A… Like a police or fire department, we must be available 24 hours a day, every day of the year. Unlike a police or fire department however, we don’t have the luxury of rotating shifts. Therefore, ours is a 168-hour work week. National studies have shown that it takes an average of 92 staff-hours to properly conduct one funeral. Even services completed in three days (72 hours) will demand the 92 staff-hours hours to arrange, supervise and conduct.

 

Q….Do you have an internet website ?

A… Yes. We were the first CNY funeral home to establish a "web presence". We offer a wealth of free information and links on our website. Designed, authored and published "in-house" by Fred Fergerson, www.FergersonFuneralHome.com offers a virtual tour of our home, without leaving your home.

 

Q…. I would like to be cremated…can I still be viewed?

A… Yes. In fact, most families who elect cremation, also choose to have calling hours and a service before the cremation. Cremation is only a form of disposition. Its no different than the choice between burial in a grave or entombment in a mausoleum. The choice of cremation is followed by the choice of what to do with the "cremains" (ashes). We find that most families bury the cremains in a cemetery with another family members. This allows a site for visitation and memorialization.

 

Q….Does everyone use the same size casket?

A… Generally, yes. Some folks need a larger size. They are available in select models. Unfortunately, children and babies who die need to have small caskets and we have those, too.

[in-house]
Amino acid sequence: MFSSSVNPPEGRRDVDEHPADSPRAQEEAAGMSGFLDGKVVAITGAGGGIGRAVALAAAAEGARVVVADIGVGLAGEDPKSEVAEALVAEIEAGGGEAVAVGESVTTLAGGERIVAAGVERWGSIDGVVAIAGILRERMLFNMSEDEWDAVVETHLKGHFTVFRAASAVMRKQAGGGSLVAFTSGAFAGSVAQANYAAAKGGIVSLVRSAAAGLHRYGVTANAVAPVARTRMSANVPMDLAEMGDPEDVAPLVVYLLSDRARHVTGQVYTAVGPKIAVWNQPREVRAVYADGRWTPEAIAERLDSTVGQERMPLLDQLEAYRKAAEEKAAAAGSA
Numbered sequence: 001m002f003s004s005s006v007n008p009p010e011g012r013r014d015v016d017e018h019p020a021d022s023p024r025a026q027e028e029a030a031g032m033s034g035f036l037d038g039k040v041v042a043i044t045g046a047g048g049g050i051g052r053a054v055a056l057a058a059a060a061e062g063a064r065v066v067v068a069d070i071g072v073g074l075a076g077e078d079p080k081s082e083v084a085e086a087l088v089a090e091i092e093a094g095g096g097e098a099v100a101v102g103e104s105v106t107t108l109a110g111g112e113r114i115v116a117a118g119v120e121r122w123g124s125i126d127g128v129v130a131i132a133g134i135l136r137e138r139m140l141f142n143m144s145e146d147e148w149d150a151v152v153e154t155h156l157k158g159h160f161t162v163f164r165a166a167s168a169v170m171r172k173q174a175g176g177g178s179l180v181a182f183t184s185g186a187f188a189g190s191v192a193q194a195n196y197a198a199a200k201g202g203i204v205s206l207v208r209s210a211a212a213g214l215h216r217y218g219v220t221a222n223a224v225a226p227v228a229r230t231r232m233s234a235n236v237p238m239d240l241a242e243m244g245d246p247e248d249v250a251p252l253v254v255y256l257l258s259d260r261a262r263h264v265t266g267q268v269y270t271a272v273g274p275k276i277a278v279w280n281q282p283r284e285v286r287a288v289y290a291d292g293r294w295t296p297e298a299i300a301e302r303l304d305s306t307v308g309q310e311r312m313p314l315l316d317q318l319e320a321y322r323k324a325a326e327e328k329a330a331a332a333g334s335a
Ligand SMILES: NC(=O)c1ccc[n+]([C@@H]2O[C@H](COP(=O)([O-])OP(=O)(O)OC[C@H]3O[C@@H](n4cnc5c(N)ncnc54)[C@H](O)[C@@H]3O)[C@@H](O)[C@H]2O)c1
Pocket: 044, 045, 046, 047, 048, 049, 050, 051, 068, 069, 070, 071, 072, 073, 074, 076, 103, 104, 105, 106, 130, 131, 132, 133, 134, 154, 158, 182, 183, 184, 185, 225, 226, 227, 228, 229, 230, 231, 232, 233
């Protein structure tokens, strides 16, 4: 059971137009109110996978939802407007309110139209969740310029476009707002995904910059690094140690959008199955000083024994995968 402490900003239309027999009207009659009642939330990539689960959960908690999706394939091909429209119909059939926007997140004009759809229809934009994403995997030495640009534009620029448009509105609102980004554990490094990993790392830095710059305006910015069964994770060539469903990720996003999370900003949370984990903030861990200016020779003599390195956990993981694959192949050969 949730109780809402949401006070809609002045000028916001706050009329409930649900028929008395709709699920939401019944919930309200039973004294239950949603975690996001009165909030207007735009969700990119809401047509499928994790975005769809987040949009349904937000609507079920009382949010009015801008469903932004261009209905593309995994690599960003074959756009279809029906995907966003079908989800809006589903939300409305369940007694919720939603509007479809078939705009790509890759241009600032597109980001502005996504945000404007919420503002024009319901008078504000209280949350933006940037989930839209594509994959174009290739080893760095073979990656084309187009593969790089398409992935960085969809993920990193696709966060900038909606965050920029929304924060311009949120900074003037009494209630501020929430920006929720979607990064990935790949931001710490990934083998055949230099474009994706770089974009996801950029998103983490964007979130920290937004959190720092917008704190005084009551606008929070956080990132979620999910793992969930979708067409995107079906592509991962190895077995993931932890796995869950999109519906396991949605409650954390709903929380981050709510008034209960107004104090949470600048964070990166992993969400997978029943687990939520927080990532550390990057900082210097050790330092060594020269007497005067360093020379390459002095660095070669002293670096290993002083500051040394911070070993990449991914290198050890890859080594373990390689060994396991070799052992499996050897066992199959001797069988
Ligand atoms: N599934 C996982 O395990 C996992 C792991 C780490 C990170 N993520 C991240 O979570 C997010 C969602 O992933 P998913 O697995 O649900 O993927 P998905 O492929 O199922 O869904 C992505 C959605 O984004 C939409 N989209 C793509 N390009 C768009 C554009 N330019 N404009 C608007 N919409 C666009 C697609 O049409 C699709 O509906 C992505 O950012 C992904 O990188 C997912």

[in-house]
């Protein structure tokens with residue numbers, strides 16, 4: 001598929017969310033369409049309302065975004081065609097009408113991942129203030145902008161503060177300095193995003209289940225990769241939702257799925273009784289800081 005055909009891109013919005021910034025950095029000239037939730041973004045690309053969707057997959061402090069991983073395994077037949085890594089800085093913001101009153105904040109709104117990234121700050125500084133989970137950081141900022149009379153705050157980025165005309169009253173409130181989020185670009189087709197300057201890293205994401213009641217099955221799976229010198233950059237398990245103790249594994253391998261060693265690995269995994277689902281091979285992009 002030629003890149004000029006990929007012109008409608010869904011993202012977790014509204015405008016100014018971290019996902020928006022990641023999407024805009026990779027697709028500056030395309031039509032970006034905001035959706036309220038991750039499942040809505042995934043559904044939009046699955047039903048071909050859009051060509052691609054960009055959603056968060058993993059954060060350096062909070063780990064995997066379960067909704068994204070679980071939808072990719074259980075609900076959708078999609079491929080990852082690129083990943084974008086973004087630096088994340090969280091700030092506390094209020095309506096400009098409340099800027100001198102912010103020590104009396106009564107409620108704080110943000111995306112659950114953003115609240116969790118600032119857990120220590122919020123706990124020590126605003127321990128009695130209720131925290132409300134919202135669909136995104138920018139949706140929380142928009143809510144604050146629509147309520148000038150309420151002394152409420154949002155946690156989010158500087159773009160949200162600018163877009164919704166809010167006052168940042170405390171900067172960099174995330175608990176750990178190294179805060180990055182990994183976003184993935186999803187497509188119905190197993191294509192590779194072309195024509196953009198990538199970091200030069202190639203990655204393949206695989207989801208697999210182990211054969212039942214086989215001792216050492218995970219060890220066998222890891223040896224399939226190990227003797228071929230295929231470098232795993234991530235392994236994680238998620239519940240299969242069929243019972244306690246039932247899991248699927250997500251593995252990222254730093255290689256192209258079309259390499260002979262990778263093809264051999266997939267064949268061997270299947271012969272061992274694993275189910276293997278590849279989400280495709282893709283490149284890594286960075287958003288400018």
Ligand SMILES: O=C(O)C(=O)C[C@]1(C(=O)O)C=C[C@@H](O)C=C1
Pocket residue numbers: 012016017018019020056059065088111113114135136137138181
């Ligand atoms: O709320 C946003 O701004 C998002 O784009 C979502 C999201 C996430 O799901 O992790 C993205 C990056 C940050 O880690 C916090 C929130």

Q…. How do I select a funeral director or funeral home?

A… This choice should be similar to the one you make for a doctor or lawyer. If you don’t personally know one, then word of mouth and references made by trusted friends and family members is your best advice. With the growing trend of corporate take-overs and consolidations this choice is made more difficult. We have chosen to remain members of this community, rather than a impersonal conglomerate. We hope this helps makes your choice somewhat easier.

 

Q….Can the immediate family serve as pallbearers?

A… If that is their wish, of course. Typically, bearers (those who carry the casket) are friends of the family, fraternal or business associates or in the case of veterans, military units. The family members are needed to be in close support of the surviving spouse. As pallbearers, they would necessarily be separated from that role while moving the casket.